Beech trees at risk as new disease discovered in Europe after being unnoticed for 12 years

Helena Horton
A beech tree affected by the disease
A beech tree affected by the disease

Beech trees are at risk from a newly-discovered disease which has lain unnoticed in Europe for the past 12 years.

Research by the Forestry Commission has found that Petrakia liobae may have been present in Europe for at least 12 years but had previously gone unnoticed. 

The fungus causes leaves to have unsightly brown splotches and could pose a risk to young saplings.

The disease is relatively slow-spreading and unlikely to result in the death of mature trees, but experts warned that it reduces tree health and visual appeal, especially in newly planted trees.

Walkers have been urged to keep an eye out for trees with signs of the disease and report it to the Forestry Commission.

Simon Honey, from the Forestry Commission, said: "nfected trees develop brown, irregular leaf spots with sharp, dark borders. These necrotic spots are around 1-50mm in diameter and may merge in cases of heavy infection. Mature lesions may also have fluffy white propagules (detachable spores) associated with the leaf spot. Look for symptoms in the lower canopy (1.5m – 2mm from the ground) as the P. liobae overwinters in leaf litter and re-infects nearby beech trees in the spring."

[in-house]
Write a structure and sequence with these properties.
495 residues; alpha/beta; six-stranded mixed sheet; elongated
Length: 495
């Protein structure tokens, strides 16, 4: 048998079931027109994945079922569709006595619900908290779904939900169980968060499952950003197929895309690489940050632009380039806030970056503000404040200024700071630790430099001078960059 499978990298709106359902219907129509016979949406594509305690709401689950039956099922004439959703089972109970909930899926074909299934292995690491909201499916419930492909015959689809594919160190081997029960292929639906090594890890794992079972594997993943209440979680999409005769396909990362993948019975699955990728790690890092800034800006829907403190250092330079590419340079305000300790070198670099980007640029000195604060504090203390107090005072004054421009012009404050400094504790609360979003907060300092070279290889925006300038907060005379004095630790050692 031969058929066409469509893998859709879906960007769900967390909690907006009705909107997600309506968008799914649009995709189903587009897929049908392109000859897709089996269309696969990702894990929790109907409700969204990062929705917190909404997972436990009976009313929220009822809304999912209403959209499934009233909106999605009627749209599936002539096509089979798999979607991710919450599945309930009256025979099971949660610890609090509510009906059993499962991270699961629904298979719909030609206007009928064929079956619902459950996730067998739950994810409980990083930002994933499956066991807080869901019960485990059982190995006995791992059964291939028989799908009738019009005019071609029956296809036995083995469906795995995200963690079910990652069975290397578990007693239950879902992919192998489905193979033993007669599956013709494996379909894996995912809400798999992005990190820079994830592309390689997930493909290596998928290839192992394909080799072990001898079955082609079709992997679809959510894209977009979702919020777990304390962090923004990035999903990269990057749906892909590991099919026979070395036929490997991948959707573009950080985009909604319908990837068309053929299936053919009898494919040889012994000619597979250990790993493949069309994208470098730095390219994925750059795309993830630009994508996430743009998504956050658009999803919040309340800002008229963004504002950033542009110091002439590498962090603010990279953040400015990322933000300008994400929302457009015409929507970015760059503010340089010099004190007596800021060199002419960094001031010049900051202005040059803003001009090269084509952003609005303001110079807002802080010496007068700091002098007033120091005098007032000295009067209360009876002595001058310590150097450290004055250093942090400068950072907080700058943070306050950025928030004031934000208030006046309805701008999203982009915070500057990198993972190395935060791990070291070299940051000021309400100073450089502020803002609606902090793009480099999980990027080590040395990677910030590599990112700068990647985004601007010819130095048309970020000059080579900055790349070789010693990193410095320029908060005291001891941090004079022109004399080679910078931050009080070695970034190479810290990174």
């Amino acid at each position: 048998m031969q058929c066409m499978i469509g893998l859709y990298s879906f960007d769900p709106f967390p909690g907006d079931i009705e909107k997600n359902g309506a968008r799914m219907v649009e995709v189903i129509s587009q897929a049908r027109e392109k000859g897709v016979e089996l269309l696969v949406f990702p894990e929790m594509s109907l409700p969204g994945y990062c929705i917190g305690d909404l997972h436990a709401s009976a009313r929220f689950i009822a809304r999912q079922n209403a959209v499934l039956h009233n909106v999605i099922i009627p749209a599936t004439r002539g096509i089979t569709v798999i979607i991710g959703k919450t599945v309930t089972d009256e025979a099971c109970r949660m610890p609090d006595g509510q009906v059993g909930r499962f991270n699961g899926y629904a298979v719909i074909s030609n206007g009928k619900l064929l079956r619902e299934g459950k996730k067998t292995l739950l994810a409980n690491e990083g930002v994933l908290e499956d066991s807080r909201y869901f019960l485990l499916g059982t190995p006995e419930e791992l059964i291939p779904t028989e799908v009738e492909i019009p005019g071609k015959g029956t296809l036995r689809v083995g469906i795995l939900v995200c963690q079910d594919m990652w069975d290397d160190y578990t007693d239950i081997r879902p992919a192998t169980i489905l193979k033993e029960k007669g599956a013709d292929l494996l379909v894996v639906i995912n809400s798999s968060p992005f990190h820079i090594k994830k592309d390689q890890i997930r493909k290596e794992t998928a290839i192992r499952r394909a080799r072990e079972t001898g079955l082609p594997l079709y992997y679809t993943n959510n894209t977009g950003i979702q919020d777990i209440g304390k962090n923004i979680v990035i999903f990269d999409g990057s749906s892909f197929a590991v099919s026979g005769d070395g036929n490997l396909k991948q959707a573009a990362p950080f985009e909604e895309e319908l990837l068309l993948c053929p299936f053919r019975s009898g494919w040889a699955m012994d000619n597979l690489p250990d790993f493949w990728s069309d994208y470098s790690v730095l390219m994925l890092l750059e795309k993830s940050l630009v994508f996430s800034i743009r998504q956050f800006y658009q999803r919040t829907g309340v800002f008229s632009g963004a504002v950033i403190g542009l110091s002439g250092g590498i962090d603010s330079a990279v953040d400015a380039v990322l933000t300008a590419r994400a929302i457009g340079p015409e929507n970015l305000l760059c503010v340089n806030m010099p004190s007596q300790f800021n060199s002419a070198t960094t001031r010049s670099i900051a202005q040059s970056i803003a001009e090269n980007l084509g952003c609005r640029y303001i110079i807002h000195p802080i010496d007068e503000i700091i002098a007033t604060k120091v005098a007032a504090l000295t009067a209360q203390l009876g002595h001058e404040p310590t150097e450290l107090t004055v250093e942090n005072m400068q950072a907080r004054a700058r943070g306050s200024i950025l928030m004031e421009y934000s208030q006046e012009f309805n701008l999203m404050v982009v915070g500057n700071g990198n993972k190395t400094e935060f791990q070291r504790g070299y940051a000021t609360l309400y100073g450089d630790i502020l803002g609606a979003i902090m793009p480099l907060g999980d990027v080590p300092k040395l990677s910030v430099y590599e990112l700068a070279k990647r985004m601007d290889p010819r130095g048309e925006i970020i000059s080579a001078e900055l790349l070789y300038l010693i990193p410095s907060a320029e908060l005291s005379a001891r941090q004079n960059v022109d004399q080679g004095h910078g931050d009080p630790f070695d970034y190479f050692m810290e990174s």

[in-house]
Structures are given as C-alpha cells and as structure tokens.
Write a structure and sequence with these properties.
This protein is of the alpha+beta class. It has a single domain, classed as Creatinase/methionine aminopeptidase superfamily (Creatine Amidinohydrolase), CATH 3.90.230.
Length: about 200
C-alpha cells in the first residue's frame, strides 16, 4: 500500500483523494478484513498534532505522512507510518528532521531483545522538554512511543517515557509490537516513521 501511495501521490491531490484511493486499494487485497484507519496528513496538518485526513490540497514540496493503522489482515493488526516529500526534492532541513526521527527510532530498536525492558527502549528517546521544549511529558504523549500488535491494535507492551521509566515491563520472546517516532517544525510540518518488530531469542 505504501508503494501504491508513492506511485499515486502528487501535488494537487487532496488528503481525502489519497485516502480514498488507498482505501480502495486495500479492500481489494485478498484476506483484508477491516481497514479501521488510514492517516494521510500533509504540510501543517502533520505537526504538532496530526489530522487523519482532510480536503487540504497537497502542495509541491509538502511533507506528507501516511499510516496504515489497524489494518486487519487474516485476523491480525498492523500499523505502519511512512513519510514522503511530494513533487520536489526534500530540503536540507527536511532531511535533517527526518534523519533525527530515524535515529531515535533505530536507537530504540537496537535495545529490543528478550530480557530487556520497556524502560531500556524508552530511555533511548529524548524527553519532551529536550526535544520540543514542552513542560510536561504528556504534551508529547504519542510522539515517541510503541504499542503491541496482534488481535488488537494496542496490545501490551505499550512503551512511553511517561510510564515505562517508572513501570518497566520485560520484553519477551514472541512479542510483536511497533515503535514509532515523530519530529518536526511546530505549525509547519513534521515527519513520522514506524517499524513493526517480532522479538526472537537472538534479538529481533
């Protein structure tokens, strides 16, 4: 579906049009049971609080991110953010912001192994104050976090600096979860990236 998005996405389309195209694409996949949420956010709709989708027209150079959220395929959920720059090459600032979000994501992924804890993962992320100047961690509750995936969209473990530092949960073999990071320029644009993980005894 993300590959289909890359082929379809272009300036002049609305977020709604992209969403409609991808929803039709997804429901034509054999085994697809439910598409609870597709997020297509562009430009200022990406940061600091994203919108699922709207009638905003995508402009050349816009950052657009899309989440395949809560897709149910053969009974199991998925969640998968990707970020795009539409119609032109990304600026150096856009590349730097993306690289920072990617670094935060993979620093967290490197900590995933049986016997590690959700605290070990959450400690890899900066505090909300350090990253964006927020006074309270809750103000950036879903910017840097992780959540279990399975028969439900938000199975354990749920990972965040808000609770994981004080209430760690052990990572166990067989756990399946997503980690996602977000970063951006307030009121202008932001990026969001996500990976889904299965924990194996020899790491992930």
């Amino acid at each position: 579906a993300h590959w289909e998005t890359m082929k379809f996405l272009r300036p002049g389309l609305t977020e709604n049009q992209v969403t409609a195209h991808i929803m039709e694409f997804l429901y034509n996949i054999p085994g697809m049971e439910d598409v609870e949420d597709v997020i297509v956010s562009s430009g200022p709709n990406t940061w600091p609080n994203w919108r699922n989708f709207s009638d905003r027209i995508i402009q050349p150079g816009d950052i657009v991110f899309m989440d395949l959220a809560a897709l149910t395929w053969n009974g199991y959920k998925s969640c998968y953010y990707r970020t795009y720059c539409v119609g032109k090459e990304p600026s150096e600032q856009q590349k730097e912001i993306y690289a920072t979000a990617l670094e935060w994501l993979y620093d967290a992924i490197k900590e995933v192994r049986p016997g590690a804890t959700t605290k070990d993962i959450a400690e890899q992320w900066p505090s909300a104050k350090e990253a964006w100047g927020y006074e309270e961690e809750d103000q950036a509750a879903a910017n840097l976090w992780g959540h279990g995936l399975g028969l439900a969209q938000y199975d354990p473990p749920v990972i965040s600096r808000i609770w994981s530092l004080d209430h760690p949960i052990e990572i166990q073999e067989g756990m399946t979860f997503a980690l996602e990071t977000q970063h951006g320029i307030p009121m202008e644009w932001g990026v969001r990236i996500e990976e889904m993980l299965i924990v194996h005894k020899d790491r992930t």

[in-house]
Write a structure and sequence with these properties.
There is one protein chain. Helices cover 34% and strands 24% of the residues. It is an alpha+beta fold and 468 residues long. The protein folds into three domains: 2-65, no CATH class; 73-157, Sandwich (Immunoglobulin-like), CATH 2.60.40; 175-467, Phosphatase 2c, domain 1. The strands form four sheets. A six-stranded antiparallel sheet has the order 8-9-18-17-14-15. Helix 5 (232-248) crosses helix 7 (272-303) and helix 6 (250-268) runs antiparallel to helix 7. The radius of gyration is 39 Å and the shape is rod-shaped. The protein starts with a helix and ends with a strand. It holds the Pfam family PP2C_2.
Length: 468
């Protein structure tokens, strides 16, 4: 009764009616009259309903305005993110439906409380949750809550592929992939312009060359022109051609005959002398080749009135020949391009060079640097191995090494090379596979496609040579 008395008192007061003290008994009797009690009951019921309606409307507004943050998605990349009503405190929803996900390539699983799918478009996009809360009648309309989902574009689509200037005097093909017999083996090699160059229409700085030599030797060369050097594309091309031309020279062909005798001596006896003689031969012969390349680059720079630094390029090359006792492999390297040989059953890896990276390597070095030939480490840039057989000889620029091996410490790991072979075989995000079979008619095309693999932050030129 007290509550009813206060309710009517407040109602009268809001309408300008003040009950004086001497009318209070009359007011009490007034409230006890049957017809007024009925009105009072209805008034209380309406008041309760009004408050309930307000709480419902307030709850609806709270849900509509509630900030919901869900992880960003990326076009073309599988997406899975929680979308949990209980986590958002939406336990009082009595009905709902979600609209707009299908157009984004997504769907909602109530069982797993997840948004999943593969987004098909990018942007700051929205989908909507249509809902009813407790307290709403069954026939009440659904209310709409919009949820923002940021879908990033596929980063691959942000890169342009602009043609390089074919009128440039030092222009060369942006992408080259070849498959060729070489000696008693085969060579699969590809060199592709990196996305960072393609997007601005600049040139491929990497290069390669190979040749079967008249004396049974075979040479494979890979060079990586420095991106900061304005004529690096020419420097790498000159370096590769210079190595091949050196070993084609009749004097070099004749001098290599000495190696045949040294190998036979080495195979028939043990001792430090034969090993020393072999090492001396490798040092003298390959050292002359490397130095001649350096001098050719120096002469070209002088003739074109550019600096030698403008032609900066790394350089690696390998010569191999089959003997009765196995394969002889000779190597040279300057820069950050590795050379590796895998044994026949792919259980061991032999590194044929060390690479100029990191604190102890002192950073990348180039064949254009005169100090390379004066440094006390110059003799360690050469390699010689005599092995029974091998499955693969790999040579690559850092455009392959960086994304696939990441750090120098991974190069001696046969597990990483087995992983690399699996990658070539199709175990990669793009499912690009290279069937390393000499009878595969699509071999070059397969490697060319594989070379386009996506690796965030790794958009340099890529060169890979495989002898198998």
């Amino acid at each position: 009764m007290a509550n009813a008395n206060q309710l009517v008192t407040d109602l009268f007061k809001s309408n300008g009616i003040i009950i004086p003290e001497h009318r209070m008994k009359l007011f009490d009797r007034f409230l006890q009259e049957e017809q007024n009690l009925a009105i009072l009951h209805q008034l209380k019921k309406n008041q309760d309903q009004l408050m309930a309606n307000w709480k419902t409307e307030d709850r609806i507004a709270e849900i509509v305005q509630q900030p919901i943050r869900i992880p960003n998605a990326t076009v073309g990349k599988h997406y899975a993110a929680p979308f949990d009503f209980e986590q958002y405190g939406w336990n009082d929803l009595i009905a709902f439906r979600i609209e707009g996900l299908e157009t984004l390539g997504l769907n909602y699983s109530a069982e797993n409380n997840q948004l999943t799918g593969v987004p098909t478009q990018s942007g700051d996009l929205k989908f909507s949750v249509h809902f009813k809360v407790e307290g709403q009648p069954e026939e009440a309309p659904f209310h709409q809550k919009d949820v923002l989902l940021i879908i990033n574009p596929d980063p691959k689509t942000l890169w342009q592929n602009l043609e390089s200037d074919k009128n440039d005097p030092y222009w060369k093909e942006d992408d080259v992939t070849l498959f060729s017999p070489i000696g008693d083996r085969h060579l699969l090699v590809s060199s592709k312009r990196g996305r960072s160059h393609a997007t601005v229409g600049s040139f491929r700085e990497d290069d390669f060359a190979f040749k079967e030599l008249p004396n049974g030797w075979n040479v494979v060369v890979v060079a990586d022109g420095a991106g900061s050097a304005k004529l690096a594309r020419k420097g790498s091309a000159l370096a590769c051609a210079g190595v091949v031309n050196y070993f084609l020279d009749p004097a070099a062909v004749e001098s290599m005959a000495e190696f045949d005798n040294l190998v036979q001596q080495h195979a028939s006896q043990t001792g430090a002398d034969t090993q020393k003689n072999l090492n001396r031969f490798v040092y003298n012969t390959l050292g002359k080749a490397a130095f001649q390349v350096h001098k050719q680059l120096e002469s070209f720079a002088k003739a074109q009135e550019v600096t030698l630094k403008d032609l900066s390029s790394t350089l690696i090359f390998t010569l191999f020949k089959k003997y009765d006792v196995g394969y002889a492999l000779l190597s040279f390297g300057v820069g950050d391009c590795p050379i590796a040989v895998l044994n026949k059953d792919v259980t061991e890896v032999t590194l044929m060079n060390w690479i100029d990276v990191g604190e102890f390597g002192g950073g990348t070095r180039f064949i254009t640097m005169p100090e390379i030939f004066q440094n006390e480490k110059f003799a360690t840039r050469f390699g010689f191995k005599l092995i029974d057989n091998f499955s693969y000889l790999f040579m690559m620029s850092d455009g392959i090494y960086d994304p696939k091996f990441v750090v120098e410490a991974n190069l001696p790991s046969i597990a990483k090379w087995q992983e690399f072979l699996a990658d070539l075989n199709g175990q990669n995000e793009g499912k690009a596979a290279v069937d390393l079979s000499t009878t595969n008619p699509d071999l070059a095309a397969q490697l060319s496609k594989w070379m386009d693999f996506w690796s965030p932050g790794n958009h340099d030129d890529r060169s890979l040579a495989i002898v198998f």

The fungal pathogen was first discovered in Switzerland in 2008, followed by findings in Germany, Austria, Slovakia and most recently Slovenia in 2018. It was thought originally to be a fungal disease from Japan, but has now been found to be native to Europe.

The quick succession of these findings, along with their locations strengthen suggestions that the disease has probably been present in central Europe for a long time.

The disease has not yet been spotted in the UK but there are fears that imported trees could spread the fungus to our native Beech, as has happened with other diseases which have impacted trees including elm, ash and oak.

Mr Honey added: "The focus is on younger hedging specimens imported from central Europe. Due to the unsightly nature of the disease, infected stock is usually graded out during quality checks. However, there is the possibility that the disease is already present within the UK but remains undiscovered – as was the case in central Europe."